This week’s Friday Feature is Paul Rawlinson. After being told to take the high jump at an early age, Paul ran off to the Merchant Navy. Running though, had featured from his school days but it was a chat with a friend which resulted in him well and truly catching the running bug. Paul has kindly shared his life and running memories with us.
Please tell us a little bit about yourself ?
I was born and bred in Brighton, 62 years ago, and attended Carden Primary School and Varndean Grammar School for Boys. Growing up mainly involved street football, street cricket and hanging about with the rest of the local kids.
Being tall, I was introduced to the high jump at Junior school, where we would practice the Fosbury flop into a sand pit! I recall my first visit to Withdean for the Brighton school sports and was amazed to see the inflatable high jump bed. I seem to recall that the track was still cinders then (1969).
I joined the Scouts in 1968 and when at Varndean, this became the focus of my evenings. I played in the band, which meant one evening scouts and two evenings band practice. The band later split away from the Scout movement, but I stayed involved up until 1990.
I left school at 16 and ran away to join the Merchant Navy (Shell Tankers), training to be a Marine Engineer, but it was at the time that oil tankers were being laid up in the Norwegian fjords and new pipelines were stretching between continents, so the prospects were bleak. I left and returned to Varndean to take A levels. I didn’t have a clue what I wanted to do after school, and the girl that I sat with in Economics lessons mentioned that she was going to be a Quantity Surveyor. That sounded ok to me, so my destiny was decided. Apart from two spells lasting a total of seven years, I have worked for the same company, here in Brighton, going back to them for my current stint in 1994. The projects I have worked on have taken me all around the UK and indeed abroad to Nigeria. I have worked for the likes of The BBC, the Prison Service, the Highways Agency and many many very rich private clients.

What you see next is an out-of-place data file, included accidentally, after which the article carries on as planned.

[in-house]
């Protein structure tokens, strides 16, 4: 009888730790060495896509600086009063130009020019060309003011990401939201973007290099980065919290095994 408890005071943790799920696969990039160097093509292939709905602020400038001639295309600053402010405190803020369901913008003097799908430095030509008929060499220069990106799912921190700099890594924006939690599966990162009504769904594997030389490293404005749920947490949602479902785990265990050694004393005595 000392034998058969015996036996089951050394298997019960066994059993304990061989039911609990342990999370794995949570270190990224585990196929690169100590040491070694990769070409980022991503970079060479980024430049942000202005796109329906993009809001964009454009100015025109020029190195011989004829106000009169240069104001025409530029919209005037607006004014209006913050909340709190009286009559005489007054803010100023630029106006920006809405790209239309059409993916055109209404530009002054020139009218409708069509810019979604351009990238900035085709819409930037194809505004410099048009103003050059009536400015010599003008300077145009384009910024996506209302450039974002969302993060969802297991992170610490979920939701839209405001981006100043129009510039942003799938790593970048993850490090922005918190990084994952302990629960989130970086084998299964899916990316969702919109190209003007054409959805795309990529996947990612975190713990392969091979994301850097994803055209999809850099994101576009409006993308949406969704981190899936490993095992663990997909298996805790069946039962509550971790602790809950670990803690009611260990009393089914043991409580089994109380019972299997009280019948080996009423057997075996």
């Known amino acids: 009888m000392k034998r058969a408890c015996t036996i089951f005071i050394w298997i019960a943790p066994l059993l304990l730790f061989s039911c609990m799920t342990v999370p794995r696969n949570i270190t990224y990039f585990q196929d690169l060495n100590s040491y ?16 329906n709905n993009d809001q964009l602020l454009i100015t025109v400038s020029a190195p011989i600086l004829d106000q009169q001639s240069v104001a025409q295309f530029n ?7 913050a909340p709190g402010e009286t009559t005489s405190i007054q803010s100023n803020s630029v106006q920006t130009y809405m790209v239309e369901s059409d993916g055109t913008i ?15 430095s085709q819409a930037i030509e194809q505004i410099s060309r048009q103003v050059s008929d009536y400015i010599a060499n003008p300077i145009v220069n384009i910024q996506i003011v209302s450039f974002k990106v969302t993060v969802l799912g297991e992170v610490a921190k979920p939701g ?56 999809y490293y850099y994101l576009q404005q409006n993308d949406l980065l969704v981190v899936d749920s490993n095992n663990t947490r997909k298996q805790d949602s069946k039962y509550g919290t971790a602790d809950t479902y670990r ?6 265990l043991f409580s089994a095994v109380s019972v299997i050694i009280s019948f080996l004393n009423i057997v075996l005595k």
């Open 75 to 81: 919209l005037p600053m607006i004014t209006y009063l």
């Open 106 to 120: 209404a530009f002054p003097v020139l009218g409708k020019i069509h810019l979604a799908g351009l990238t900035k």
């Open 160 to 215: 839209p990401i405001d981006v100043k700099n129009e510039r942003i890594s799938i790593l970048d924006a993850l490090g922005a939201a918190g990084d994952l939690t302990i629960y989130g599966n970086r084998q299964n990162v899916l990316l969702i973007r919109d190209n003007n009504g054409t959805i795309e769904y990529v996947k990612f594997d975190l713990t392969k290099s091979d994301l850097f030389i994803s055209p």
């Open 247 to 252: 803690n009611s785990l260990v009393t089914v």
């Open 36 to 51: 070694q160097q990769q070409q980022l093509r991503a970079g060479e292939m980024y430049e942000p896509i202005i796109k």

At the age of 30 along came marriage, my daughter Charlotte and the twins Alex and Lewis. My wife often recalls my look of horror and fear when she told me she was expecting them. I recall taking the boys for a run when they were 17, on a loop up Applesham Way. I had to turn round and shout at them to keep up! The rest is history!
When did first start running?
Well being a kid of the late 50’s and 60’s life was generally about running, it was literally our mode of transport to and from school and with all the sports we played I was always pretty fit. It was however in 1973 that I entered the Scouts 400 metres and to my surprise won both my heat and the final. With high jumping also on the cards, athletics took over from cricket as my summer sport, at school and at Withdean on Sunday mornings. Slowly however my interest faded, and I only ever made it to the Sussex Schools competition.
What made you start running?
My brother, who is a few years older than me, had been running since university and one day in 1983, he called me to say that he had run a 2hr 29’ marathon in Birmingham and was expecting to get an elite entry into the London. Something clicked and that evening I went home, pulled on a tee shirt and my Bukta nylon football shorts and grabbed my Green Flash plimsoles and ran from home near Brighton College on a four mile loop. That was it, I was hooked again. London 85 was my first marathon, followed by a multitude of races all around Sussex. I remember religiously going to see Sam at the Jog shop to pick up the race notices that he had lined up in the shop window to find out what was coming up. No internet in those days and postal entries with a cheque only.